LucasArts' Secret History #11: The Dig Trivia and Secrets


This game was based on a concept Steven Spielberg had – often summarized as "Treasure of the Sierra Madre meets Forbidden Planet" - that he brought to LucasFilm Games when it proved financially unfeasible to be produced as an episode of the Spielberg-produced Amazing Stories anthology TV series.

There were three major incarnations of the project – the first was led by Noah Falstein, including team members Dave Grossman and Bill Eaken, getting far in the concept/design stage and containing RPG-like survival elements, as well as having its story take place in the ruins of four ancient alien cities. The second was started about a year later, led by Brian Moriarty, who threw out everything and began from scratch. His version got far along, but was also cancelled due the production's numerous problems. Finally, Sean Clark took over the project, keeping some elements of Moriarty's version while removing others, and this is the version that got out the door. Extremely brief attempts in-between to salvage older incarnations of the projects, one by Dave Grossman and another by Hal Barwood, were apparently also made.

The Moriarty version of the game was said to be gory and violent at times, in many cases at the specific request of Steven Spielberg - one of his suggestions was that blood should splatter all over the "camera lens" after cutting out the eyeball of a sea serpent. Additionally, one character was killed gruesomely by acid drips, and another was attacked by ferocious bats. The violence level was eventually toned done significantly.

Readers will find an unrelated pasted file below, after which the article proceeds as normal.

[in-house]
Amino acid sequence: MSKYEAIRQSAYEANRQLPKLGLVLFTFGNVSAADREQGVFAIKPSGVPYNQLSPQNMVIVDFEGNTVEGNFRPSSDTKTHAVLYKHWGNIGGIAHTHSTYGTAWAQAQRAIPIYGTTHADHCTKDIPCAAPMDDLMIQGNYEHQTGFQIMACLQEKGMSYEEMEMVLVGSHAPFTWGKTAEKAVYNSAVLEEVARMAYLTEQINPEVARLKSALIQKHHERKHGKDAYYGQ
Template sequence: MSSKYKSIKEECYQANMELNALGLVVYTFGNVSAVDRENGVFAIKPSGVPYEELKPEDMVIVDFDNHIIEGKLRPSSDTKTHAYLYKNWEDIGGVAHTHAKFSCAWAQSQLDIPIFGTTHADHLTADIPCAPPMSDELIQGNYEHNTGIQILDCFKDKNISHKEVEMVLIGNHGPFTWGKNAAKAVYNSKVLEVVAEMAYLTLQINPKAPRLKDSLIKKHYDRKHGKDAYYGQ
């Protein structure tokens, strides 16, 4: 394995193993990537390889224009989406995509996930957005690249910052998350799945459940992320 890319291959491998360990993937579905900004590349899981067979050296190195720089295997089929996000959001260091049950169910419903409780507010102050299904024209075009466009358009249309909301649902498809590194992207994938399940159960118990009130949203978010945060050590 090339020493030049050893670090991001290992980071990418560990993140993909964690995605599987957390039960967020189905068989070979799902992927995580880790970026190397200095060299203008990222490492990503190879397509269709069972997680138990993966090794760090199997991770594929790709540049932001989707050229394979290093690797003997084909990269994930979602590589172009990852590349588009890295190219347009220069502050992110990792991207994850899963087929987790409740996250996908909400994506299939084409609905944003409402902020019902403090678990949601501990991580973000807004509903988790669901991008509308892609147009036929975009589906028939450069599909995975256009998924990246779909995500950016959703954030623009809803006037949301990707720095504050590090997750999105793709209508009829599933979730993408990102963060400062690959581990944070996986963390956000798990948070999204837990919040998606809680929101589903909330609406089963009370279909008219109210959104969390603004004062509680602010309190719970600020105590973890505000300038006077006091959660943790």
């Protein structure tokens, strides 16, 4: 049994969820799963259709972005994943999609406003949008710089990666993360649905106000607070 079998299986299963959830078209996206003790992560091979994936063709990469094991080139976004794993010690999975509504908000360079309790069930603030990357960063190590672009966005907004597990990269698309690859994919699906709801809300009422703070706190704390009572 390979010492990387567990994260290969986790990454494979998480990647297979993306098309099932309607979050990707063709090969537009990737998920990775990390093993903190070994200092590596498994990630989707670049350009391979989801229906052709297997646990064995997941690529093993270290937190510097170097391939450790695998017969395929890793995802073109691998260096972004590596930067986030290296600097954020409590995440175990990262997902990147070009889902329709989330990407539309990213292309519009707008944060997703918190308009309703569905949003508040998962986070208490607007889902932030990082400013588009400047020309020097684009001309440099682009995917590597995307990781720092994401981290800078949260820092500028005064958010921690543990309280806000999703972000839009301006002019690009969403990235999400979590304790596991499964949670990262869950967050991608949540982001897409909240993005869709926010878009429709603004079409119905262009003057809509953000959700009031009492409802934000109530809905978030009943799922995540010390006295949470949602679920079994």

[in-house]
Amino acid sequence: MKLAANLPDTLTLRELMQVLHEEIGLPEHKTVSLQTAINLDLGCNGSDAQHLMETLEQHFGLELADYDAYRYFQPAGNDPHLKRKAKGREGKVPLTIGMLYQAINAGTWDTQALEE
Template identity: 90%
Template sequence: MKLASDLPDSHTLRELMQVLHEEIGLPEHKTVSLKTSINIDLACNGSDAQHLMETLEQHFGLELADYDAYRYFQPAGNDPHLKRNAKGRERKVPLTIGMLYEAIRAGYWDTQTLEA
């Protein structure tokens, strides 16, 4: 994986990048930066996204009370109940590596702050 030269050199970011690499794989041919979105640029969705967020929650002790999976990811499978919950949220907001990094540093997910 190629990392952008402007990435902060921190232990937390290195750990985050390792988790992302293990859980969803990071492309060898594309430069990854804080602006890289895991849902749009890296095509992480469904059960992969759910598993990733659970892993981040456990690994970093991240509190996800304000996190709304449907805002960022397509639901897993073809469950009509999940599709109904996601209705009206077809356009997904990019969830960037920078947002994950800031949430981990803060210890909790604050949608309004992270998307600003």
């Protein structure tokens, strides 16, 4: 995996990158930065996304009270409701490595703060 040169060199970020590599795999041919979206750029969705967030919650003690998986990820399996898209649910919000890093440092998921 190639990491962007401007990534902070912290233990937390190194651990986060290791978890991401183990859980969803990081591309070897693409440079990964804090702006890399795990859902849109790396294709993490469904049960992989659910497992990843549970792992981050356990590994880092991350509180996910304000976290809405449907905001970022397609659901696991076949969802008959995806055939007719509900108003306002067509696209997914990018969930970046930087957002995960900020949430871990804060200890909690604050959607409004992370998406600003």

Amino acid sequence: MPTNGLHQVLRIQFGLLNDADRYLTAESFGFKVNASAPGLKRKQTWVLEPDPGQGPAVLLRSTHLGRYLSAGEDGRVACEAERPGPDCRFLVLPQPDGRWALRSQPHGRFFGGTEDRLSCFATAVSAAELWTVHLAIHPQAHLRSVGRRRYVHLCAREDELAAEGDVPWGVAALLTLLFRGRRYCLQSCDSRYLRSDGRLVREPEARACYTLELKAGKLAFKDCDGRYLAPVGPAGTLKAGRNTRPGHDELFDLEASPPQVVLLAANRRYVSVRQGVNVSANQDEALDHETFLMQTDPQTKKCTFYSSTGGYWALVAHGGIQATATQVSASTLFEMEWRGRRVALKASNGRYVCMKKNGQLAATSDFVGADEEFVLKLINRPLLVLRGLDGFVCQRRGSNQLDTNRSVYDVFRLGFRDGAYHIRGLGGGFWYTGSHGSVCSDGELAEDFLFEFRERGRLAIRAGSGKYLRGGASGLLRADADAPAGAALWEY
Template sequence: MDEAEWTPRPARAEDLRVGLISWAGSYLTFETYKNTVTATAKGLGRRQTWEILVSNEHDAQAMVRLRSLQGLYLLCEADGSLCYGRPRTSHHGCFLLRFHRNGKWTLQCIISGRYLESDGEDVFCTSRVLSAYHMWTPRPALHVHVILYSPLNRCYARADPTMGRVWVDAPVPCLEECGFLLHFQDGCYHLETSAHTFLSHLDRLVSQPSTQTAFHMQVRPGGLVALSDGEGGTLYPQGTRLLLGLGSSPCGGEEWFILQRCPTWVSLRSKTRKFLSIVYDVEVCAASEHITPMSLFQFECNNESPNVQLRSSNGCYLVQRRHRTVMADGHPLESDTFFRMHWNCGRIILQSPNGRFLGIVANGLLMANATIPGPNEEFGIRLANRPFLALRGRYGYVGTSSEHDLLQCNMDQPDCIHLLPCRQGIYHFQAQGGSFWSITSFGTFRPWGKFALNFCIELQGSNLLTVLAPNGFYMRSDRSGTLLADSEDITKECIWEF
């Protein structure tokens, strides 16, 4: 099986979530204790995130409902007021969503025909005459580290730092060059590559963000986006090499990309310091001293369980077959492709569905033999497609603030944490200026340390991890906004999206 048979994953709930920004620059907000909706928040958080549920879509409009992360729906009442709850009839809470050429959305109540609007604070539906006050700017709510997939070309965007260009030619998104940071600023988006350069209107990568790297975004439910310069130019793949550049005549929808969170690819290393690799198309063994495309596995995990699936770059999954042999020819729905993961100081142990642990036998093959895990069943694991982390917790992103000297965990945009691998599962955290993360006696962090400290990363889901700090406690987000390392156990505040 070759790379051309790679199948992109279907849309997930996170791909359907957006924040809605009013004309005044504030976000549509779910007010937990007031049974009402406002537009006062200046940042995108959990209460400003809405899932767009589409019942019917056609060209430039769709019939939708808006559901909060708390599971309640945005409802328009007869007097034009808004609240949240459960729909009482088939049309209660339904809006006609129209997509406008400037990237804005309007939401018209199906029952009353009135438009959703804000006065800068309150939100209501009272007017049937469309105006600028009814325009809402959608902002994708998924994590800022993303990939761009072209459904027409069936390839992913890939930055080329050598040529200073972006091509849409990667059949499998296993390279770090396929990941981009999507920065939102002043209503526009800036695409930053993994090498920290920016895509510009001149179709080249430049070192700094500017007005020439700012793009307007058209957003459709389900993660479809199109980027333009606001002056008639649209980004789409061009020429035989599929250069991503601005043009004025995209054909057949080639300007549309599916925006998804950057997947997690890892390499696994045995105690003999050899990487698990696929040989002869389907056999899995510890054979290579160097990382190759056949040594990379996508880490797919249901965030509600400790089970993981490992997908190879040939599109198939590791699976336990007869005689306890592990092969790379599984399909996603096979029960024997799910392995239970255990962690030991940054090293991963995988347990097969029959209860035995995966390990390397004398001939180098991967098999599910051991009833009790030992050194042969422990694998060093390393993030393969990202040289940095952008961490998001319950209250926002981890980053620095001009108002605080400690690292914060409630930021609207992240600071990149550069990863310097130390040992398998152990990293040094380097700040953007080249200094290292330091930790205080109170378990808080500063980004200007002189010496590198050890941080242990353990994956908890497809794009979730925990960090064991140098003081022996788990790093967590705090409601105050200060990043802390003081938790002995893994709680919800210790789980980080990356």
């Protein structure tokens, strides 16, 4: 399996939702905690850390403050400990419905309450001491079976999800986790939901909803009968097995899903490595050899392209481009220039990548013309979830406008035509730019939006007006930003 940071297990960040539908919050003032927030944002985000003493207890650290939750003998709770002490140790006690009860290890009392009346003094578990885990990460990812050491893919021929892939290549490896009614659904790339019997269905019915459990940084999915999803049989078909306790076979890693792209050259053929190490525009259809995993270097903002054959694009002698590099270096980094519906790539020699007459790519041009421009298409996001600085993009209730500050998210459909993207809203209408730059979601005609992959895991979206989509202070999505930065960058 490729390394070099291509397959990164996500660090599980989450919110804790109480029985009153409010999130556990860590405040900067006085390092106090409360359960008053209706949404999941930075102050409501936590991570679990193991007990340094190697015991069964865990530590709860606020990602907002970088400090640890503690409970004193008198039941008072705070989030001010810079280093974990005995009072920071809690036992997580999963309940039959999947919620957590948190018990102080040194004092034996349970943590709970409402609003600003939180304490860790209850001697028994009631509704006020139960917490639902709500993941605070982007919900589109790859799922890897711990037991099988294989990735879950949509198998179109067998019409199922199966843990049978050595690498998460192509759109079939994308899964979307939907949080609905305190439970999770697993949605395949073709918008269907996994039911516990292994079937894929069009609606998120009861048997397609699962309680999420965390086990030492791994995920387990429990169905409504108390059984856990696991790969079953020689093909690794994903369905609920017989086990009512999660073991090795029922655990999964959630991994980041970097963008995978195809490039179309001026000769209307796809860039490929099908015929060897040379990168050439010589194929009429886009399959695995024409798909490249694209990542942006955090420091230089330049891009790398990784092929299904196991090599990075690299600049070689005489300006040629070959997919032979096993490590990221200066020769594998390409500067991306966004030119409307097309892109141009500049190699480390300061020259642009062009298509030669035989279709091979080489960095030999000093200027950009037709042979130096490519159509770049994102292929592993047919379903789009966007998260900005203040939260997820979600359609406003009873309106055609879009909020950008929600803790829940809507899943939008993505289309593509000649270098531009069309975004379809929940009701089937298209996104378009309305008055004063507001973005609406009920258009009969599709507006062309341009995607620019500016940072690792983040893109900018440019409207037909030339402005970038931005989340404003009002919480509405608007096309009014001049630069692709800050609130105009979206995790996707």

At one point the game featured four astronauts instead of three. The cut character was Japanese businessman Toshi Olema, who was put on the team in exchange for providing much of the funding for the expedition (as in the story NASA was at an all-time budgetary low). An early version of the game's cover art, featuring Olema was actually seen in magazines, and the final cover art, which has the fourth astronaut airbrushed out, still includes the artifact of his feet.

Originally, Robbins' first name was Judith instead of Maggie. Also, before the character was cut, Toshi Olema the businessman became Dr. Toshi Olema, a "brilliant but shy" female physicist.

The Brian Moriarty version of The Dig had a feature in which items that are too large to carry or ideas that the playable character came up with for puzzle application could actually be stored in the inventory in the form of "idea" icons. A team member on Moriarty's version, Bill Tiller resurrected the feature for A Vampyre Story almost fifteen years later.

Another feature of the Moriarty version involved a Klein bottle which would reverse/mirror the appearance of the characters who passed through (from right to left-handed, etc.) This would play a role in puzzle-solving.

In early versions of the puzzle where Brink's hand has to be cut off, there was an added sense of urgency because there was water rising in the room where his hand is trapped. In this same version, Maggie was not part of the scene.

While in the control room (the room beyond the airlock where Low has to fiddle the height of the blue crystals), type in "SWANS," and Low will see himself diving and swimming beyond the glass.